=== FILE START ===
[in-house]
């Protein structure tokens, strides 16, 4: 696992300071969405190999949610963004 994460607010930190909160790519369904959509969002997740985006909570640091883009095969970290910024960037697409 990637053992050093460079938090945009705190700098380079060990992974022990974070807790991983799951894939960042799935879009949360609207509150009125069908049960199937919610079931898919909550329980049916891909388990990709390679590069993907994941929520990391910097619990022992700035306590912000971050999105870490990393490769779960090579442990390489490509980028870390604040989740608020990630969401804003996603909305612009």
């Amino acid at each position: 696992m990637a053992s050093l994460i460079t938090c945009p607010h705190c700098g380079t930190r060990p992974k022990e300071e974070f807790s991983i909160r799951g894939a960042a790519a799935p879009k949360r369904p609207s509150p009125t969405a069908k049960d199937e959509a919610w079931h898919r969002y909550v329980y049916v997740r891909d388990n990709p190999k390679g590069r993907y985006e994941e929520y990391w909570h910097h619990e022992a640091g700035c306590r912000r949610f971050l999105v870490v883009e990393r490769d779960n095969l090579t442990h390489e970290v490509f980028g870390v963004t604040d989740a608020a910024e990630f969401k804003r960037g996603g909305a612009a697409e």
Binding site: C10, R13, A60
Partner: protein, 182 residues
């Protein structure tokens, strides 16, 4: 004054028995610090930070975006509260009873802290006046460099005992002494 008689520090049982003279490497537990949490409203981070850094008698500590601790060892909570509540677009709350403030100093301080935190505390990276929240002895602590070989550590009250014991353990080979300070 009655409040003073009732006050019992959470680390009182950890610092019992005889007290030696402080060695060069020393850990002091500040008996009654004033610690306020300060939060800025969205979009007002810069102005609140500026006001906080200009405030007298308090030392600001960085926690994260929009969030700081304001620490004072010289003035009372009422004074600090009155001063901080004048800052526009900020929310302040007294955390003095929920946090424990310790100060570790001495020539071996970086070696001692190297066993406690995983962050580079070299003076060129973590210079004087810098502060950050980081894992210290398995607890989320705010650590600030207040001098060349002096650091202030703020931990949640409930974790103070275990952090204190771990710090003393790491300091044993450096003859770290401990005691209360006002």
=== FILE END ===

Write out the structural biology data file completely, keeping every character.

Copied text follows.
[in-house]
């Protein structure tokens, strides 16, 4: 696992300071969405190999949610963004 994460607010930190909160790519369904959509969002997740985006909570640091883009095969970290910024960037697409 990637053992050093460079938090945009705190700098380079060990992974022990974070807790991983799951894939960042799935879009949360609207509150009125069908049960199937919610079931898919909550329980049916891909388990990709390679590069993907994941929520990391910097619990022992700035306590912000971050999105870490990393490769779960090579442990390489490509980028870390604040989740608020990630969401804003996603909305612009």
């Amino acid at each position: 696992m990637a053992s050093l994460i460079t938090c945009p607010h705190c700098g380079t930190r060990p992974k022990e300071e974070f807790s991983i909160r799951g894939a960042a790519a799935p879009k949360r369904p609207s509150p009125t969405a069908k049960d199937e959509a919610w079931h898919r969002y909550v329980y049916v997740r891909d388990n990709p190999k390679g590069r993907y985006e994941e929520y990391w909570h910097h619990e022992a640091g700035c306590r912000r949610f971050l999105v870490v883009e990393r490769d779960n095969l090579t442990h390489e970290v490509f980028g870390v963004t604040d989740a608020a910024e990630f969401k804003r960037g996603g909305a612009a697409e």
Binding site: C10, R13, A60
Partner: protein, 182 residues
């Protein structure tokens, strides 16, 4: 004054028995610090930070975006509260009873802290006046460099005992002494 008689520090049982003279490497537990949490409203981070850094008698500590601790060892909570509540677009709350403030100093301080935190505390990276929240002895602590070989550590009250014991353990080979300070 009655409040003073009732006050019992959470680390009182950890610092019992005889007290030696402080060695060069020393850990002091500040008996009654004033610690306020300060939060800025969205979009007002810069102005609140500026006001906080200009405030007298308090030392600001960085926690994260929009969030700081304001620490004072010289003035009372009422004074600090009155001063901080004048800052526009900020929310302040007294955390003095929920946090424990310790100060570790001495020539071996970086070696001692190297066993406690995983962050580079070299003076060129973590210079004087810098502060950050980081894992210290398995607890989320705010650590600030207040001098060349002096650091202030703020931990949640409930974790103070275990952090204190771990710090003393790491300091044993450096003859770290401990005691209360006002």